Last week, I criticized the most recent issue of the Journal of Academic Freedom (JAF), a journal of the American Association of University Professors (AAUP). Mainly activists in and sympathizers with the Boycott, Divestment, and Sanctions (BDS) movement author that issue of the publication. I thought that the AAUP, which opposes academic boycotts, should be troubled that Ashley Dawson has used the journal he edits to promote his politics. I hoped that AAUP leaders would speak up.

But Cary Nelson, past president of the AAUP, and Ernst Benjamin, former AAUP general secretary, were already preparing fine responses, which the JAF has published here and here. Nelson rejects the argument that academics should boycott Israel because it does not respect academic freedom. There “is more academic freedom in Israel than in other nations in the Middle East.” Boycotting Israel’s universities because of the policies of its government is “hypocritical and a fundamental betrayal” of the mission of academics. While Nelson personally supports a boycott targeting Israeli goods produced in the West Bank, he acknowledges that supporters of  “any economic boycott,” risk being “harnessed to more radical agendas like the abolition of the Israeli state. Some in the boycott movement have exactly that goal.”

I am unlikely to agree with Benjamin and Nelson about Israel and will protest if they seem to conflate legitimate concerns about campus anti-Semitism with the desire to censor anti-Israeli speech. But AAUP is the only organization not formed to combat anti-Israeli and anti-Semitic activity that criticized the Association for Asian American Studies (AAAS) when it embraced the BDS movement. Nelson and Benjamin’s responses to the essays in the JAF, which have, apart from the efforts of Scholars for Peace in the Middle East, escaped criticism, are another sign of the importance of AAUP principles. If AAUP’s 45,000 members heeded its call to defend the unique place of colleges and universities in American life from those who would use them as a base of propaganda operations, I would be very optimistic about the future of higher education.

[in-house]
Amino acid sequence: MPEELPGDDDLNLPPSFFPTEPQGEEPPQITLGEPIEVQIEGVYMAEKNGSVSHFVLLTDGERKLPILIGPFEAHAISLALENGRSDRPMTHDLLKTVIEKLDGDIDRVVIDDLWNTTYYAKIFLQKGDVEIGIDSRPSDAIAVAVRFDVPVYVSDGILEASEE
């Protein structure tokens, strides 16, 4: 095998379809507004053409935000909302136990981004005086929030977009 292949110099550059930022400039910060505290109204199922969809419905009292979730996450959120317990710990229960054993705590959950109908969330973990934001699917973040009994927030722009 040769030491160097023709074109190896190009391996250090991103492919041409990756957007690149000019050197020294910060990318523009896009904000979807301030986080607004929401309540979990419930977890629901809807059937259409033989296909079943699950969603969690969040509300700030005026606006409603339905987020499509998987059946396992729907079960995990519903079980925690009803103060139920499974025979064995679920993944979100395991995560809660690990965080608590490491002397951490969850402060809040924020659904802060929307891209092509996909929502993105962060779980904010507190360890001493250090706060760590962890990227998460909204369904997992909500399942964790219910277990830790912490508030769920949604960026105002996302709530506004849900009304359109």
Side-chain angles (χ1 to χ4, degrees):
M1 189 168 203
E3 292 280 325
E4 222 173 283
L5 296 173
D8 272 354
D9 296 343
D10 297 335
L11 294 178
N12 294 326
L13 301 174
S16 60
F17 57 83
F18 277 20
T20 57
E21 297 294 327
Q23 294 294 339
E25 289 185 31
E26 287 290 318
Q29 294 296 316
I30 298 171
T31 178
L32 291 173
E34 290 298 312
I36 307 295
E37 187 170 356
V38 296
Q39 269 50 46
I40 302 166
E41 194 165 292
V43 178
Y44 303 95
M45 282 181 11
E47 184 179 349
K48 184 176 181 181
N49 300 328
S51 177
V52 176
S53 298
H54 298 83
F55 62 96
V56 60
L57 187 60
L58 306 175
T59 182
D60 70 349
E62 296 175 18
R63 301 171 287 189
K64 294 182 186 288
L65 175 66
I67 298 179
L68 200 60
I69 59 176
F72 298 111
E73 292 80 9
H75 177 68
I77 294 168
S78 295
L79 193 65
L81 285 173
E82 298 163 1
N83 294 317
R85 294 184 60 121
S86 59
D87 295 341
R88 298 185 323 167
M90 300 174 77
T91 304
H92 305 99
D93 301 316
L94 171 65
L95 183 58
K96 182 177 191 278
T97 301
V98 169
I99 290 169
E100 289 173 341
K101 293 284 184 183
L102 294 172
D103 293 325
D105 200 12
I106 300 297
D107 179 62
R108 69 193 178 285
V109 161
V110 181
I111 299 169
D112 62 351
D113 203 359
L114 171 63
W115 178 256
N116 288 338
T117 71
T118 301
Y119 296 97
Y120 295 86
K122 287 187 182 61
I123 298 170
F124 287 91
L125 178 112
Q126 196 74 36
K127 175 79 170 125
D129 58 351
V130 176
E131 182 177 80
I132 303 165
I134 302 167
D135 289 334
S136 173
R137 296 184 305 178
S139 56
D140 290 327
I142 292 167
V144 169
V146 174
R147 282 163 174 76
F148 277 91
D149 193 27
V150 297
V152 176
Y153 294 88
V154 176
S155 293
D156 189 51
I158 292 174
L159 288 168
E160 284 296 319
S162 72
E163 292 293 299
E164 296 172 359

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Last week, I criticized the most recent issue of the Journal of Academic Freedom (JAF), a journal of the American Association of University Professors (AAUP). Mainly activists in and sympathizers with the Boycott, Divestment, and Sanctions (BDS) movement author that issue of the publication. I thought that the AAUP, which opposes academic boycotts, should be troubled that Ashley Dawson has used the journal he edits to promote his politics. I hoped that AAUP leaders would speak up.

But Cary Nelson, past president of the AAUP, and Ernst Benjamin, former AAUP general secretary, were already preparing fine responses, which the JAF has published here and here. Nelson rejects the argument that academics should boycott Israel because it does not respect academic freedom. There “is more academic freedom in Israel than in other nations in the Middle East.” Boycotting Israel’s universities because of the policies of its government is “hypocritical and a fundamental betrayal” of the mission of academics. While Nelson personally supports a boycott targeting Israeli goods produced in the West Bank, he acknowledges that supporters of  “any economic boycott,” risk being “harnessed to more radical agendas like the abolition of the Israeli state. Some in the boycott movement have exactly that goal.”